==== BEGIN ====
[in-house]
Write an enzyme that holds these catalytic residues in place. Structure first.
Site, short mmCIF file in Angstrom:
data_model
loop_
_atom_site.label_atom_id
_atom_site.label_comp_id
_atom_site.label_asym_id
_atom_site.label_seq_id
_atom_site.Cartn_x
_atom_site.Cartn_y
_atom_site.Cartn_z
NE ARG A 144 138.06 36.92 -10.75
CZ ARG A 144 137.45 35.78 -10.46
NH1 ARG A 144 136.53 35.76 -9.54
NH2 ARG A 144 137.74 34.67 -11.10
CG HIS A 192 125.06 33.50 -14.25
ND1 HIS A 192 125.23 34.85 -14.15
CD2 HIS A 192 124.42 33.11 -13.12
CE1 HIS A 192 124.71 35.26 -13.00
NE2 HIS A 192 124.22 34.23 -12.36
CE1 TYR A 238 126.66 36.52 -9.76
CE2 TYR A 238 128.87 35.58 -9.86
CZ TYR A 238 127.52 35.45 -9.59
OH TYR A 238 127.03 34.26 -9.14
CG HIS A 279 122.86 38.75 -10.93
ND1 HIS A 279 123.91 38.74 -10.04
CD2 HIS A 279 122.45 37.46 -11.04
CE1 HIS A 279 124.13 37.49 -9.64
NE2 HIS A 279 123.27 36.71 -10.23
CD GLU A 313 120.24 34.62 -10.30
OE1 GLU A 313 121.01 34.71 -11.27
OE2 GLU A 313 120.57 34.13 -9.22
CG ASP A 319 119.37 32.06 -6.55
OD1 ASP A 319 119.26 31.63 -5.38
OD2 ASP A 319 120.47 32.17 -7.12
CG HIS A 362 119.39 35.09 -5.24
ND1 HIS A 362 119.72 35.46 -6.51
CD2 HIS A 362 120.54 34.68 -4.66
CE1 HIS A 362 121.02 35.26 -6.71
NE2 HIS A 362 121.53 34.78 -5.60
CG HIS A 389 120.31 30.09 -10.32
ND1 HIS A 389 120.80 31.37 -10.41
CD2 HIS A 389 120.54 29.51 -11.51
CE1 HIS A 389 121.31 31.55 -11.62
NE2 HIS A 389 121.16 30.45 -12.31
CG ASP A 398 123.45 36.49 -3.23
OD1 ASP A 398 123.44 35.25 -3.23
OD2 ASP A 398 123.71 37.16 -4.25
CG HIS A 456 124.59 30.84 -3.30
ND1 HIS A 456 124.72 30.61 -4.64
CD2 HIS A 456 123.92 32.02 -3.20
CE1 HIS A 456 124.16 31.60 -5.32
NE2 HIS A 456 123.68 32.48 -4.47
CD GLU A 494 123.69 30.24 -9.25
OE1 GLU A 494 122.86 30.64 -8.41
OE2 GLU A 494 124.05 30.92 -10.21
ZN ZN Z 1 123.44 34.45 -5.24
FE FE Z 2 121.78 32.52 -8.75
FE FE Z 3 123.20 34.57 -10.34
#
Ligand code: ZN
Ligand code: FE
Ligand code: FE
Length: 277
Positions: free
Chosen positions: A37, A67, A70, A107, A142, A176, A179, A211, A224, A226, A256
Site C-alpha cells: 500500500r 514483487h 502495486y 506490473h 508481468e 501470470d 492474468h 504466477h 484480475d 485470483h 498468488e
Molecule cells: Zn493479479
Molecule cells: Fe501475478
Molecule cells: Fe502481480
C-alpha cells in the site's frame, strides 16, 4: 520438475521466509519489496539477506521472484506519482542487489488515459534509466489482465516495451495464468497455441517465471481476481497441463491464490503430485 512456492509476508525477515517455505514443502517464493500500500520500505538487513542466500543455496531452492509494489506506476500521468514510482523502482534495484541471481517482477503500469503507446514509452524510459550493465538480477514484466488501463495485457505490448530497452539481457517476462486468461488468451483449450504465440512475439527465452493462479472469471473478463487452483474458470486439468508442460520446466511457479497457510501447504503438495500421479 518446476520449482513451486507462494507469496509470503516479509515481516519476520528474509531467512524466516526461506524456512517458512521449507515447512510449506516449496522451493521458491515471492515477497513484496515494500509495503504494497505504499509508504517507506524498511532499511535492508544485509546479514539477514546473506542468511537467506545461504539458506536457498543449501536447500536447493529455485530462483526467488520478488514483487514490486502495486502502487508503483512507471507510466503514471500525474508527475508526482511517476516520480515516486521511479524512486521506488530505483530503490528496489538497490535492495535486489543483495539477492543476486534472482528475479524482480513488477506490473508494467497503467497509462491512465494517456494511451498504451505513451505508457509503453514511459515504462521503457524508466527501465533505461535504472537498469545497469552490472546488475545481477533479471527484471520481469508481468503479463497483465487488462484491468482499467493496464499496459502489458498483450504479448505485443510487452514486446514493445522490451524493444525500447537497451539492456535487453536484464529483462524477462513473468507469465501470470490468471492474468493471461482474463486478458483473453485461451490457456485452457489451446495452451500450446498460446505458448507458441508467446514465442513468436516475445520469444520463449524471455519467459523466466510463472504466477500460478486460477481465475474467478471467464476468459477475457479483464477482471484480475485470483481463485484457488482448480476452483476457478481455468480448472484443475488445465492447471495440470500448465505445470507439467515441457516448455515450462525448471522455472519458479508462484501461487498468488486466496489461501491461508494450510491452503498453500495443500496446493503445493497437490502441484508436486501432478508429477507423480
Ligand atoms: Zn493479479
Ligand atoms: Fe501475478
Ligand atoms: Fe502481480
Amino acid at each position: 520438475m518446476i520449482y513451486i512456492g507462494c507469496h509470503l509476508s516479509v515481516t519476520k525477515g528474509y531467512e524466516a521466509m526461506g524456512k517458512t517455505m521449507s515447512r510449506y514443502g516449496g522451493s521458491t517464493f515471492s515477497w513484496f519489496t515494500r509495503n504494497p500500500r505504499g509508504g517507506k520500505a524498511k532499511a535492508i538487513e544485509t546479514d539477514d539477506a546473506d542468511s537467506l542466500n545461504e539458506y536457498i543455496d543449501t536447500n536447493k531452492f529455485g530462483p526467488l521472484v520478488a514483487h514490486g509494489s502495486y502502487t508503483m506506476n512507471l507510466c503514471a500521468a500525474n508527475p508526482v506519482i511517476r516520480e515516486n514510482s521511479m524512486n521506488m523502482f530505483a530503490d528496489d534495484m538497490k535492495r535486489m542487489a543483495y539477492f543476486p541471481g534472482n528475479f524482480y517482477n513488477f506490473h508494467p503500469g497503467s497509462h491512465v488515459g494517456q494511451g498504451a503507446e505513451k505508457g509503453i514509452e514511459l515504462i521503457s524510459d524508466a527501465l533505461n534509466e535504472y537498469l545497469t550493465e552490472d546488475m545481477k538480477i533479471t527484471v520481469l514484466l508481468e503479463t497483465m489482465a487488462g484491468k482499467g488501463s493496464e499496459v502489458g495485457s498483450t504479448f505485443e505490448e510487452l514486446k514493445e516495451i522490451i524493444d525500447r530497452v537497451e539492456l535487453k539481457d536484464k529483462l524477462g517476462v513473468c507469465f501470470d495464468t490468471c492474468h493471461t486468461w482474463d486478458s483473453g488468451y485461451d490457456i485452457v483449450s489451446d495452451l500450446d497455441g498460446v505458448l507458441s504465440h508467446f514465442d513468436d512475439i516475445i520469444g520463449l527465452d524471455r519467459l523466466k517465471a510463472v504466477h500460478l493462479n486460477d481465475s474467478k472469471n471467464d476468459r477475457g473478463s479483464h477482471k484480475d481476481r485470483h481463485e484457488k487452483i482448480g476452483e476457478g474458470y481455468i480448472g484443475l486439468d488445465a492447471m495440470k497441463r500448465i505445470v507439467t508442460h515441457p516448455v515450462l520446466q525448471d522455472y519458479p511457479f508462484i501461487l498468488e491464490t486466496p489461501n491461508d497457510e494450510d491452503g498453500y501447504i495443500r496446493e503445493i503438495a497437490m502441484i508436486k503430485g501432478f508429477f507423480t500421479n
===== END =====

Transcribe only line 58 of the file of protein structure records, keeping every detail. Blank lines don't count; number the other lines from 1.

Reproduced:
ZN ZN Z 1 123.44 34.45 -5.24